Frequently asked questions (FAQ) has been popular for over a decade now.
How frequently do you ask your current customers, venders and employees what questions and answers are really important to them? We spend so much time looking outside our business that we forget that we must keep our current customers, suppliers and employees interests at the forefront of our thoughts and plans.
In a discussion with Jeff Boss, writer for Entrepreneur.com and former Navy Seal, he asked some very important questions which significantly influence our results as entrepreneurs.
1. What is the biggest challenge your company currently has and how are you overcoming that challenge?
How are you dealing with that challenge within your company right now? Do you know what your current customers think is your biggest challenge where they are concerned? How do they feel that you are addressing that issue and hopefully overcoming the challenge? Customers, venders and suppliers see us through a different perspective. Their view through a different lens is so important. Pay attention to their views.
It absolutely costs more to recruit a new customer than to keep a current customer happy.
Taking our current customers for granted can be expensive financially and emotionally in the loss of market share.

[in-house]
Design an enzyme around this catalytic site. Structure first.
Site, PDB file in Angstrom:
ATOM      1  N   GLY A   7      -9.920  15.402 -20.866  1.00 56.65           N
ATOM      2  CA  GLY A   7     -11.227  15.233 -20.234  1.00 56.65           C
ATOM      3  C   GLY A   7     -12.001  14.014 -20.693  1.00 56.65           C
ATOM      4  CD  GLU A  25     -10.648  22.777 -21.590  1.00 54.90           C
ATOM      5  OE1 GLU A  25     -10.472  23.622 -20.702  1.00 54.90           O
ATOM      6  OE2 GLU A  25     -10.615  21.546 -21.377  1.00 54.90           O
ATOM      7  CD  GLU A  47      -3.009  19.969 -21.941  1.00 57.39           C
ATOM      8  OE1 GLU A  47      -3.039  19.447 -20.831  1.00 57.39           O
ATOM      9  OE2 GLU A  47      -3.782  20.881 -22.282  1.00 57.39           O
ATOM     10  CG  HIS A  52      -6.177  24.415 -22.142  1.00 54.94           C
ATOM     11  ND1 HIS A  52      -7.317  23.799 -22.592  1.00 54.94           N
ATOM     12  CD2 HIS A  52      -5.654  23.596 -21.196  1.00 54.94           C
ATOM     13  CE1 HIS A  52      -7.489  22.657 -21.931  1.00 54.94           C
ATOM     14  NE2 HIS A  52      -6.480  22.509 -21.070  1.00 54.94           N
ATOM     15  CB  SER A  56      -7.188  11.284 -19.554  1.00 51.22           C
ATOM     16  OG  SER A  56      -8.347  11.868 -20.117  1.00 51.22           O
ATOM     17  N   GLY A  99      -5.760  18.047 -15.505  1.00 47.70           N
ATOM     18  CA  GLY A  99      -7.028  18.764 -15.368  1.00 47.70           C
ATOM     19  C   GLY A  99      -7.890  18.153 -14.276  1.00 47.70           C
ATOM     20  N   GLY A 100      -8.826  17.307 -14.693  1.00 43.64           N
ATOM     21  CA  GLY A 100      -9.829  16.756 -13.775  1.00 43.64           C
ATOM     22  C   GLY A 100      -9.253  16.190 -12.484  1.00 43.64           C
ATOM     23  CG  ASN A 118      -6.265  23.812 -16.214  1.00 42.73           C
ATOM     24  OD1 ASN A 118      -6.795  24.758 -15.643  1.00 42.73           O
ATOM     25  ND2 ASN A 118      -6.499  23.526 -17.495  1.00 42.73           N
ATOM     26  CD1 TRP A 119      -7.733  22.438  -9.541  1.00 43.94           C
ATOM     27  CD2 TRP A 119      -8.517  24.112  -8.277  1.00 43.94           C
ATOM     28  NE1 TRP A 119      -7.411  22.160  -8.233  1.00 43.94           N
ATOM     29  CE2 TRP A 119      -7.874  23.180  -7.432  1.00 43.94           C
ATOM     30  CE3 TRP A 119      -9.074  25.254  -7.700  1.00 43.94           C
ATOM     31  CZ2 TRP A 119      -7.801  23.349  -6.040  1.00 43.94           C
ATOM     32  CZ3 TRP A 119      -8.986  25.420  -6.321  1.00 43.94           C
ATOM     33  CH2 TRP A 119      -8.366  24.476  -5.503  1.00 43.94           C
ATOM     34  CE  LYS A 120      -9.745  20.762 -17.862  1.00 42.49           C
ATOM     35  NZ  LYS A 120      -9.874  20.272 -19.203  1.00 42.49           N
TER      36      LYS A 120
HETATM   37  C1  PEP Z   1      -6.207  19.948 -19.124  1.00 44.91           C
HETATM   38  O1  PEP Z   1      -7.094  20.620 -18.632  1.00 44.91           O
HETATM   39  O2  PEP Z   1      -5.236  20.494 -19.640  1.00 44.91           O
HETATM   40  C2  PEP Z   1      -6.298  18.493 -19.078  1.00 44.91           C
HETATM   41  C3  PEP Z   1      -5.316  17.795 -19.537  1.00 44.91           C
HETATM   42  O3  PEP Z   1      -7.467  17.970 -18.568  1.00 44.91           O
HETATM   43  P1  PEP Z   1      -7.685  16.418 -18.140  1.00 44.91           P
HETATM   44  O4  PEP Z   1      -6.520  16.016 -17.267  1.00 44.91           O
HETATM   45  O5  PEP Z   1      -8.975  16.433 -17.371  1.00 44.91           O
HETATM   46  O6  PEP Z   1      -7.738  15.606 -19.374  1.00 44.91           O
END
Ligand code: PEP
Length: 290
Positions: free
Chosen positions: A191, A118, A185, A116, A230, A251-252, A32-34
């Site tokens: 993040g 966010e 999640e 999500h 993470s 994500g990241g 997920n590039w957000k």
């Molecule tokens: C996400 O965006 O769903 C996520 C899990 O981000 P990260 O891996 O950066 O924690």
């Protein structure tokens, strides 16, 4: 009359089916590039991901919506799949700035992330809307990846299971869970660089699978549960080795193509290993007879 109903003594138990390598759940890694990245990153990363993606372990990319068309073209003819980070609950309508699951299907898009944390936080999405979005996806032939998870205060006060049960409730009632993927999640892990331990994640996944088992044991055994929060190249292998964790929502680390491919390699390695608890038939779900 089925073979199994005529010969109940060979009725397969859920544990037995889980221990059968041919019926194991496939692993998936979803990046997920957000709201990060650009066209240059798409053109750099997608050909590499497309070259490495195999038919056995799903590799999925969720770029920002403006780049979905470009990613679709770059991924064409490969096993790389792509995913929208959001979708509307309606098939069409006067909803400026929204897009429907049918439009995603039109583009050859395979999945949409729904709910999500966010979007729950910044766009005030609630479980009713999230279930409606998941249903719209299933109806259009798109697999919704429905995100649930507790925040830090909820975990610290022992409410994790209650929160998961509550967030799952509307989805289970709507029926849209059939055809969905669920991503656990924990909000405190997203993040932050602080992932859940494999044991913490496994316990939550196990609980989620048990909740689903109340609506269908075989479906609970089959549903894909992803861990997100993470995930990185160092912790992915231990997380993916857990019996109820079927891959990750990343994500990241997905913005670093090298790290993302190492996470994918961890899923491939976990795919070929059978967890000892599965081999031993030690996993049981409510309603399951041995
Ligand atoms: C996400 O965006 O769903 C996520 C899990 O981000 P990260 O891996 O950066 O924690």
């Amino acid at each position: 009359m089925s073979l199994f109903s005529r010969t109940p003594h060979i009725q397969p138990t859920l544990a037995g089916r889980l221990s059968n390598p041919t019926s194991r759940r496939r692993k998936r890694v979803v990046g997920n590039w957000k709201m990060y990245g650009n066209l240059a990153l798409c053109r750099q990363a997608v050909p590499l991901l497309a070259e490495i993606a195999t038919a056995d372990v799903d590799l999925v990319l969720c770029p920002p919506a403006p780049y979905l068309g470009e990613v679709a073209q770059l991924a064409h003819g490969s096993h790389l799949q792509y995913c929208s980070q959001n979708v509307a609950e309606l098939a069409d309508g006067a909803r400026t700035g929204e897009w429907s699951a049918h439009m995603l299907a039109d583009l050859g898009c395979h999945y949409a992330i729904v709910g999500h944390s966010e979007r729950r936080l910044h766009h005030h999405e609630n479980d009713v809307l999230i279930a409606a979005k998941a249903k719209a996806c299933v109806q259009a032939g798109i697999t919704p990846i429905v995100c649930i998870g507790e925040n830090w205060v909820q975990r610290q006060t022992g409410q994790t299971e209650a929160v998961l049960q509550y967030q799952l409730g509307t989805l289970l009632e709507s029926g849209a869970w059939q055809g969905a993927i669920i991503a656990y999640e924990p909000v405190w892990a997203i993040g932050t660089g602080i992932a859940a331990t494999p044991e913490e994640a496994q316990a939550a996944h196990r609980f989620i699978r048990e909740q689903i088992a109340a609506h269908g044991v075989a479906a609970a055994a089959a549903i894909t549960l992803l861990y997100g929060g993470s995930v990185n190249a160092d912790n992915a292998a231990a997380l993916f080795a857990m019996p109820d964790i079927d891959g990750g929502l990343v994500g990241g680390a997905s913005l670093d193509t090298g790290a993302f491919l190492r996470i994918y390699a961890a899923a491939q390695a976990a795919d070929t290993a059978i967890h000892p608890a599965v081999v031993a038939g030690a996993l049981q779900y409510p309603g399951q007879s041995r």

Ask your venders what they view as their biggest challenge in working with you. You are both their customer and they are a source for new customers for you. How can they refer new customers to you if they do not feel valued by you? They are a resource for increasing your market share.
Ask your employees the same questions about the biggest company challenge and how successfully you are overcoming that challenge. Just as it costs more to recruit a new customer, it also costs more to recruit and train a new employee than to retain and advance a seasoned employee. Employees can increase or reduce your market share by their performance.
2. What is your preferred marketing method?
Part of your marketing is communicating with your customers, venders and employees. How do they prefer to receive information? Do they prefer a personal visit, a telephone call, a text or an email? Do they prefer to receive printed marketing materials, online marketing or social interaction? Knowing how your customers prefer to receive information tells you where they are most likely to read your marketing; you can’t increase your market share unless they see and respond to your information.
3. What advice would you give to an up and coming entrepreneur?
Your experience as an entrepreneur has value. What was the best way you found to increase your market share and attract new customers?
As successful entrepreneurs, we have both a right and an obligation to share our experience and knowledge with up and coming entrepreneurs.
These should be frequently asked questions. Perhaps it is time to refresh our internal information in order to enhance our market share, customer satisfaction, employee satisfaction and our own desire to help others.